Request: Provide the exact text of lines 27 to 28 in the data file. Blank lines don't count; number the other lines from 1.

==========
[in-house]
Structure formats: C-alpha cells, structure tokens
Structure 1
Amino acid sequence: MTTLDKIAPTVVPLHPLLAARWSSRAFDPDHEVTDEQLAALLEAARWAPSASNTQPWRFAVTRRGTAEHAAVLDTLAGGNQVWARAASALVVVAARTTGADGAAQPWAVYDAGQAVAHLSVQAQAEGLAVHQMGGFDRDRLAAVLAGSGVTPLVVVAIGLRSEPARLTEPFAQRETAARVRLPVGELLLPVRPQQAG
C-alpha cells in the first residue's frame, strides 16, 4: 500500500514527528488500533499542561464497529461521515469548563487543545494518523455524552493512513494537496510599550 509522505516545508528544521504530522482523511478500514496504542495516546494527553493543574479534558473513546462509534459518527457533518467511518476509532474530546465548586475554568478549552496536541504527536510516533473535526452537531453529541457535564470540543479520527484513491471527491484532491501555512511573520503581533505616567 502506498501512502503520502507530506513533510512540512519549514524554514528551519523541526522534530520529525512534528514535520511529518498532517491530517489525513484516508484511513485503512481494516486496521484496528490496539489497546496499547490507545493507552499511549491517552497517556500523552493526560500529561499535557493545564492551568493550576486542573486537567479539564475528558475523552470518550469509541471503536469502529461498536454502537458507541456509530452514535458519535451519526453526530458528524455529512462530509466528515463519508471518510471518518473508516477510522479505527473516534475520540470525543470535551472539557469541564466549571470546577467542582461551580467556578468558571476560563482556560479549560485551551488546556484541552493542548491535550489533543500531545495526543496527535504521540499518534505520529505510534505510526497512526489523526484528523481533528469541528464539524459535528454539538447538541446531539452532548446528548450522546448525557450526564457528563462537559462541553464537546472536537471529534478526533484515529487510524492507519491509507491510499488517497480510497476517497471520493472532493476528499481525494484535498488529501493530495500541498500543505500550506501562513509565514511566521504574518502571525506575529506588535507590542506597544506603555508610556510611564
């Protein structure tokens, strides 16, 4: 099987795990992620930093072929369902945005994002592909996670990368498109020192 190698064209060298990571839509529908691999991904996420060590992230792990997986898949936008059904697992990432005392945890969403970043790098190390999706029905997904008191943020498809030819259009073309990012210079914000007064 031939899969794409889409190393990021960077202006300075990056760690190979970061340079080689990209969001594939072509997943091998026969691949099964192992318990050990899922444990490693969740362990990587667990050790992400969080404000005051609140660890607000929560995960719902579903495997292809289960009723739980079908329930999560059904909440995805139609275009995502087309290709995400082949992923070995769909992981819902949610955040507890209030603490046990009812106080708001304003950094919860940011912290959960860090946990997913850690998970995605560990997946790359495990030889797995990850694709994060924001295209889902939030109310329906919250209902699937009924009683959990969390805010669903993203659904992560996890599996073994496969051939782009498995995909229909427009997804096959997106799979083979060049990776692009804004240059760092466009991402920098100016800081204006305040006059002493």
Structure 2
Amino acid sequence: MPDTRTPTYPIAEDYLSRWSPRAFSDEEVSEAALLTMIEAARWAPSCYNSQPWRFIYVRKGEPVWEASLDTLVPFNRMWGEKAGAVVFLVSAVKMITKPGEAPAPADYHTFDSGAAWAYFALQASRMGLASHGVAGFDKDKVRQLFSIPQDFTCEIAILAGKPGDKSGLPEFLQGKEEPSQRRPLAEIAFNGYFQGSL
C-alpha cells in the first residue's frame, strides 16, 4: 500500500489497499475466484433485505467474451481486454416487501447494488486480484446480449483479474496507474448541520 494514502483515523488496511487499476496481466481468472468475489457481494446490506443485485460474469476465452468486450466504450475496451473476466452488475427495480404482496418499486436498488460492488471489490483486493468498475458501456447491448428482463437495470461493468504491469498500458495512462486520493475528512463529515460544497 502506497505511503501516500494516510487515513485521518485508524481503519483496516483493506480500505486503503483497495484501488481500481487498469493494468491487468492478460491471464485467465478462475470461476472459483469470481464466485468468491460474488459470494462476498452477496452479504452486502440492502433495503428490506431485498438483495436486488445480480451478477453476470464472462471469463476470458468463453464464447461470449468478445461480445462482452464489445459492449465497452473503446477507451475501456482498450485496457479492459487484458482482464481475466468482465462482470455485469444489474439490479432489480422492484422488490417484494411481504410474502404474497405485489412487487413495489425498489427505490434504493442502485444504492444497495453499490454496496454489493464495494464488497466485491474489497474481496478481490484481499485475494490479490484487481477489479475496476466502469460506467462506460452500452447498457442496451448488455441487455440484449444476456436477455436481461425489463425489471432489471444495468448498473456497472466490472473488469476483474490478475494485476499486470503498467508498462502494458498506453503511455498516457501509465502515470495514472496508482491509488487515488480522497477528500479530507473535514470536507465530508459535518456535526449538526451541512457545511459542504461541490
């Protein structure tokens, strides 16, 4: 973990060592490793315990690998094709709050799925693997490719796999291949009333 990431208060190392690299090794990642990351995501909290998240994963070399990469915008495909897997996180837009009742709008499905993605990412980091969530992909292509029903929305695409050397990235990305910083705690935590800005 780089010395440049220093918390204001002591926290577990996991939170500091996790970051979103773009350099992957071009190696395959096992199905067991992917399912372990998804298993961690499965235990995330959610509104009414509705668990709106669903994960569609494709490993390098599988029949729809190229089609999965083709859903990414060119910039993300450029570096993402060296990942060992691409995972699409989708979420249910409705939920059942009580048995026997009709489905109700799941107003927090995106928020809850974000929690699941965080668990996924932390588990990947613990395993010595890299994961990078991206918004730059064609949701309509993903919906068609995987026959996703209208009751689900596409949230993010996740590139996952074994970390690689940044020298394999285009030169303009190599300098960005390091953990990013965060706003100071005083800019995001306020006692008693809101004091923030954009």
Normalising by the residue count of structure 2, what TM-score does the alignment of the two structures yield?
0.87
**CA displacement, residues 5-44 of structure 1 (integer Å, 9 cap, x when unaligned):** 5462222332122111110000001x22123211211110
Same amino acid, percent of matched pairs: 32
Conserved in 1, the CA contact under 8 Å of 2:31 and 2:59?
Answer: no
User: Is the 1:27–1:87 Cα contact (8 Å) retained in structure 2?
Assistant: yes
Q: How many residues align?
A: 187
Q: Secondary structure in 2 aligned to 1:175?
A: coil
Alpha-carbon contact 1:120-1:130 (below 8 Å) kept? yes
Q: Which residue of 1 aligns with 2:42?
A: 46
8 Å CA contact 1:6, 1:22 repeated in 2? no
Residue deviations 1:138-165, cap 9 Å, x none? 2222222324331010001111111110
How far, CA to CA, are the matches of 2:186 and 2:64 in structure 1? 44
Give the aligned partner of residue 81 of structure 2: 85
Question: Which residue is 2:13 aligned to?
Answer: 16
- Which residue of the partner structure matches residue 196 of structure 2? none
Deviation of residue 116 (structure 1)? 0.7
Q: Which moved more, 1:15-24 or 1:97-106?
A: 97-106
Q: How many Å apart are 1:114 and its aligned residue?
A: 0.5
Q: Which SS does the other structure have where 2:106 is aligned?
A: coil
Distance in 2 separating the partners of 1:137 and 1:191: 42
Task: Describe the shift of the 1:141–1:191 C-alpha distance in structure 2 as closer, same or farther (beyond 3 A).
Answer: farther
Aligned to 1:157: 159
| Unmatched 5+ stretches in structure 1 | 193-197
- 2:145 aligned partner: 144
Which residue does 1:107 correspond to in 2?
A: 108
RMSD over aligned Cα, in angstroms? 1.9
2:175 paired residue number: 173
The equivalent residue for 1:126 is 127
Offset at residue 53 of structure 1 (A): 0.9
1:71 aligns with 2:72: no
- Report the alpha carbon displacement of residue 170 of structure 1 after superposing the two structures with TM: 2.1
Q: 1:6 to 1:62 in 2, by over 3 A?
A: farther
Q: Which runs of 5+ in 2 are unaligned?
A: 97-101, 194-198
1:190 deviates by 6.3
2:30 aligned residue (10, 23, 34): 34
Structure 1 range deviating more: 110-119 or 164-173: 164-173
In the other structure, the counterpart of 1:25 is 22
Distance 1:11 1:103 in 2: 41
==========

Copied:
Residue deviations 1:138-165, cap 9 Å, x none? 2222222324331010001111111110
How far, CA to CA, are the matches of 2:186 and 2:64 in structure 1? 44